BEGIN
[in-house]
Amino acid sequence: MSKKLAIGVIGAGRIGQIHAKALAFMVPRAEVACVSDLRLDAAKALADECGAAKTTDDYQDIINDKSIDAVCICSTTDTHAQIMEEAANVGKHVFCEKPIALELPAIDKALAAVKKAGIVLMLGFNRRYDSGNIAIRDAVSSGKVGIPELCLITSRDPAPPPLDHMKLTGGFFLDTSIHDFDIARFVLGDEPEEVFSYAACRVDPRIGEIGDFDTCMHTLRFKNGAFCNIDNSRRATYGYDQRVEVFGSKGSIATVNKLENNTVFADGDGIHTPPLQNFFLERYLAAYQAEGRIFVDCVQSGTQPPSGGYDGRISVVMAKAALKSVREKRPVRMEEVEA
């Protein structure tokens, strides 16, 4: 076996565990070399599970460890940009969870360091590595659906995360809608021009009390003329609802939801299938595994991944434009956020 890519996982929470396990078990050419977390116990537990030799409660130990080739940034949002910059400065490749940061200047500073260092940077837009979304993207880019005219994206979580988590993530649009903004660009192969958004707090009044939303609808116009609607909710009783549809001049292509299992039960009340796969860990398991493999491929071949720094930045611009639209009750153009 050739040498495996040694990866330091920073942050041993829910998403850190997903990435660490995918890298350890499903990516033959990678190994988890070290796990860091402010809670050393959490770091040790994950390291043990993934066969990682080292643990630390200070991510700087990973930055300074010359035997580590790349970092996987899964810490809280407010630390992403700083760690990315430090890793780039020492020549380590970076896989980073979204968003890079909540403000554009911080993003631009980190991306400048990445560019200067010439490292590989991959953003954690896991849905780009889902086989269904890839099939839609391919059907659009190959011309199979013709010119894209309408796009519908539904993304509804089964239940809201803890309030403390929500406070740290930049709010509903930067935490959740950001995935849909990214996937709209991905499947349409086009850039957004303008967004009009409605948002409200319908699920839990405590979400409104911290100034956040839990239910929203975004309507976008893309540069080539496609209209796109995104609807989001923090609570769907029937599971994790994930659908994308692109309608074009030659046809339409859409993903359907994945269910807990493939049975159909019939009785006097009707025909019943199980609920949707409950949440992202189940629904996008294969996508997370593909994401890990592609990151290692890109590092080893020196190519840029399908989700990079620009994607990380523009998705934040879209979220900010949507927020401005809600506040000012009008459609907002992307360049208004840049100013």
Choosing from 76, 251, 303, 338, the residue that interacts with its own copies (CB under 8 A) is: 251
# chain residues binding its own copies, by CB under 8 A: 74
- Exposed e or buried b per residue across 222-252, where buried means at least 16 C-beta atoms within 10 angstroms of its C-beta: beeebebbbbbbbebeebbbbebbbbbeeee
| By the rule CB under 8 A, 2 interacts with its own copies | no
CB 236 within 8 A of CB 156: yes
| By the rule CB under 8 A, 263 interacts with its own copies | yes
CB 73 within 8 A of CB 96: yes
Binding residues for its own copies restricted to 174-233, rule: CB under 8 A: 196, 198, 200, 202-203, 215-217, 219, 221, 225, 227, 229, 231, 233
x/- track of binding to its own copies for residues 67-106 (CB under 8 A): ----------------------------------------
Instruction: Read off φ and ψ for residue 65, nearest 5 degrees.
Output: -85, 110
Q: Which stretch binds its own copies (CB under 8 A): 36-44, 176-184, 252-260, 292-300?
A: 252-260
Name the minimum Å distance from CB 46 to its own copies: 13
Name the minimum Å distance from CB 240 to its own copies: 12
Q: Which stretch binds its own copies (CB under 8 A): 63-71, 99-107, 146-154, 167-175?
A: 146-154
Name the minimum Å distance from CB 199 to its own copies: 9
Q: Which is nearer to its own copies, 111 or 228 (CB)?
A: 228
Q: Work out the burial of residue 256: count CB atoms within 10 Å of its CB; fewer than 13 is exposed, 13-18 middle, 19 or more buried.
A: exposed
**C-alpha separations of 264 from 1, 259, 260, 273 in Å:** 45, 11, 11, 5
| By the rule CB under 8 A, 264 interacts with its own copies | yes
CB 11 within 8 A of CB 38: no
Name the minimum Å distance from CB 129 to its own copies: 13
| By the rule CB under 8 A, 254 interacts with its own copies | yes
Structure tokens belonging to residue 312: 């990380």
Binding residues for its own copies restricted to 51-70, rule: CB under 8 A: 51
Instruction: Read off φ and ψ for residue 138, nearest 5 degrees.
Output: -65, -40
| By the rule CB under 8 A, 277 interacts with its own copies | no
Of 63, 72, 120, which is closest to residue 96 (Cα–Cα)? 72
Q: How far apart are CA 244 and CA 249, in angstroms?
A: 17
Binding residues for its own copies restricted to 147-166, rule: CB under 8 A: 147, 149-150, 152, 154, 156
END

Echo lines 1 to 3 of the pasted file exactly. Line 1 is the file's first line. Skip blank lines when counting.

[in-house]
Amino acid sequence: MSKKLAIGVIGAGRIGQIHAKALAFMVPRAEVACVSDLRLDAAKALADECGAAKTTDDYQDIINDKSIDAVCICSTTDTHAQIMEEAANVGKHVFCEKPIALELPAIDKALAAVKKAGIVLMLGFNRRYDSGNIAIRDAVSSGKVGIPELCLITSRDPAPPPLDHMKLTGGFFLDTSIHDFDIARFVLGDEPEEVFSYAACRVDPRIGEIGDFDTCMHTLRFKNGAFCNIDNSRRATYGYDQRVEVFGSKGSIATVNKLENNTVFADGDGIHTPPLQNFFLERYLAAYQAEGRIFVDCVQSGTQPPSGGYDGRISVVMAKAALKSVREKRPVRMEEVEA
């Protein structure tokens, strides 16, 4: 076996565990070399599970460890940009969870360091590595659906995360809608021009009390003329609802939801299938595994991944434009956020 890519996982929470396990078990050419977390116990537990030799409660130990080739940034949002910059400065490749940061200047500073260092940077837009979304993207880019005219994206979580988590993530649009903004660009192969958004707090009044939303609808116009609607909710009783549809001049292509299992039960009340796969860990398991493999491929071949720094930045611009639209009750153009 050739040498495996040694990866330091920073942050041993829910998403850190997903990435660490995918890298350890499903990516033959990678190994988890070290796990860091402010809670050393959490770091040790994950390291043990993934066969990682080292643990630390200070991510700087990973930055300074010359035997580590790349970092996987899964810490809280407010630390992403700083760690990315430090890793780039020492020549380590970076896989980073979204968003890079909540403000554009911080993003631009980190991306400048990445560019200067010439490292590989991959953003954690896991849905780009889902086989269904890839099939839609391919059907659009190959011309199979013709010119894209309408796009519908539904993304509804089964239940809201803890309030403390929500406070740290930049709010509903930067935490959740950001995935849909990214996937709209991905499947349409086009850039957004303008967004009009409605948002409200319908699920839990405590979400409104911290100034956040839990239910929203975004309507976008893309540069080539496609209209796109995104609807989001923090609570769907029937599971994790994930659908994308692109309608074009030659046809339409859409993903359907994945269910807990493939049975159909019939009785006097009707025909019943199980609920949707409950949440992202189940629904996008294969996508997370593909994401890990592609990151290692890109590092080893020196190519840029399908989700990079620009994607990380523009998705934040879209979220900010949507927020401005809600506040000012009008459609907002992307360049208004840049100013």